Posted by Nicci | Posted in Exercise Equipment, Exercise Videos, Videos, Way Back Wednesday, Weight Loss | Posted on 29-09-2010
Tags: As Seen On TV, Infomercials, P90X, Tae Bo, Total Gym, Tower 200, Way Back Wednesday
Mixed Martial Arts, or MMA, has become really big news in recent years. The UFC (Ultimate Fighting Championship) has come a long way from its early beginnings when it was misunderstood and compared with bare knuckle, no-holds-barred brawls. As people begin to understand the true martial arts and wrestling roots of MMA, however, the sport has enjoyed increasing popularity. This phenomenon spawned MMA-inspired apparel created by Tap Out, RVCA, and Affliction. Once found only through online MMA specialty shops, you can now find these t-shirts in any mall. The UFC, once condemned as a brutal sport of barroom brawlers, has launched its highly-trained fighters into household names. In fact, The SciMark Report indicates that MMA has inspired a new trend in fitness equipment. Acclaimed mixed martial artists and UFC fighters Randy Couture, Rich Franklin, and Bas Ruten are all currently endorsing infomercial fitness equipment.
So what does all of this have to do with Way Back Wednesday? As a huge MMA fan, I am really interested in the unprecedented growth of this sport. With so many MMA standouts selling exercise equipment through television marketing, I started thinking about the beginnings of martial arts as an infomercial fitness phenomenon.
One of the first martial-arts inspired fitness trends seen on TV was Tae Bo, marketed by fitness guru Billy Blanks. Designed as a blend of Tae Kwon Do, boxing, and aerobics, Tae Bo launched a cardio kickboxing craze. Even after the success of the initial Tae Bo series in the late 1990′s, Tae Bo continued to evolve, with Billy Blanks expanding the series to include Amped, T3, and Boot Camp videos and DVDs. Take a look at this clip from the original Tae Bo Basic video:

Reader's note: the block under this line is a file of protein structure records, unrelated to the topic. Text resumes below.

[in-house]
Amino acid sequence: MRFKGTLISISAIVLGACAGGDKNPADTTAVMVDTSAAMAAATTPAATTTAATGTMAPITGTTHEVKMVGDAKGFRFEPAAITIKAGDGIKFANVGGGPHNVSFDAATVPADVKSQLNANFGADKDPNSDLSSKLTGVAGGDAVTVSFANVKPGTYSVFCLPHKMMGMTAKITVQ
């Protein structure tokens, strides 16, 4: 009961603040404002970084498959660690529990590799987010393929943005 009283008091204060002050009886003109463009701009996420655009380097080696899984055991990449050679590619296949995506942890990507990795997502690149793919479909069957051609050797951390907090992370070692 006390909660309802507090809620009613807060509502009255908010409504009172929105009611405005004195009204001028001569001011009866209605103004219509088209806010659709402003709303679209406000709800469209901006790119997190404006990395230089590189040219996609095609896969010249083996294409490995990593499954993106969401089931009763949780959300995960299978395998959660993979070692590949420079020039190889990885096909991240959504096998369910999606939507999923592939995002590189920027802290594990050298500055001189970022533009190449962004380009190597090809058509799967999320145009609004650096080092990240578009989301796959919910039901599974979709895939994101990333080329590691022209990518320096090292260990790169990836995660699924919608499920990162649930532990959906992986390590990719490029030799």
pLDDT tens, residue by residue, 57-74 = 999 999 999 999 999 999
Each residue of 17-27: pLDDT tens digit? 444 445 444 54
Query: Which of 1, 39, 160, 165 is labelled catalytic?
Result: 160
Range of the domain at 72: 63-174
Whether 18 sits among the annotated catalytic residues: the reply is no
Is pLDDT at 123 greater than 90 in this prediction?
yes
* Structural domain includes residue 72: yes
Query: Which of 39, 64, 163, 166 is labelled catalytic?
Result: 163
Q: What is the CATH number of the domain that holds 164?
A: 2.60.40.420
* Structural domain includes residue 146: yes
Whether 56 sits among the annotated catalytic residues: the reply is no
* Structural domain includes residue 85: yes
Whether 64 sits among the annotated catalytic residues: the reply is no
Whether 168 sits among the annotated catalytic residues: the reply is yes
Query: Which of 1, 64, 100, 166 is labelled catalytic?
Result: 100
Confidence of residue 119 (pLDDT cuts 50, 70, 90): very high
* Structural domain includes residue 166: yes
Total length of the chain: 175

Now, I’ll admit that I was an owner of this original series, and these exercise videos did, in fact, work really well. The major drawback was that I felt like I had to constantly avert my eyes from Billy Blanks’s barely covered chest (I think it was cold in that studio) and from his embarrassingly tight, shiny pants. That’s more information about Billy Blanks than I need.
The martial arts inspiration continued with everyone’s favorite roundhouse kickin’ Texas Ranger, Chuck Norris, and his Total Gym. Even Tony Horton’s P90x includes a martial arts element through its Kenpo X routine. As the pure martial arts evolve into the highly popular mixed martial arts, Randy Couture, UFC Hall of Famer and repeat champion in two weight classes, comes on the scene with the Tower 200. Touted as “The Ultimate Workout,” the Tower 200 attaches itself to the fame of the Ultimate Fighting Championship and its most prized fighter.
As MMA continues to grow, I’ll be interested to see how its popularity further impacts fitness trends.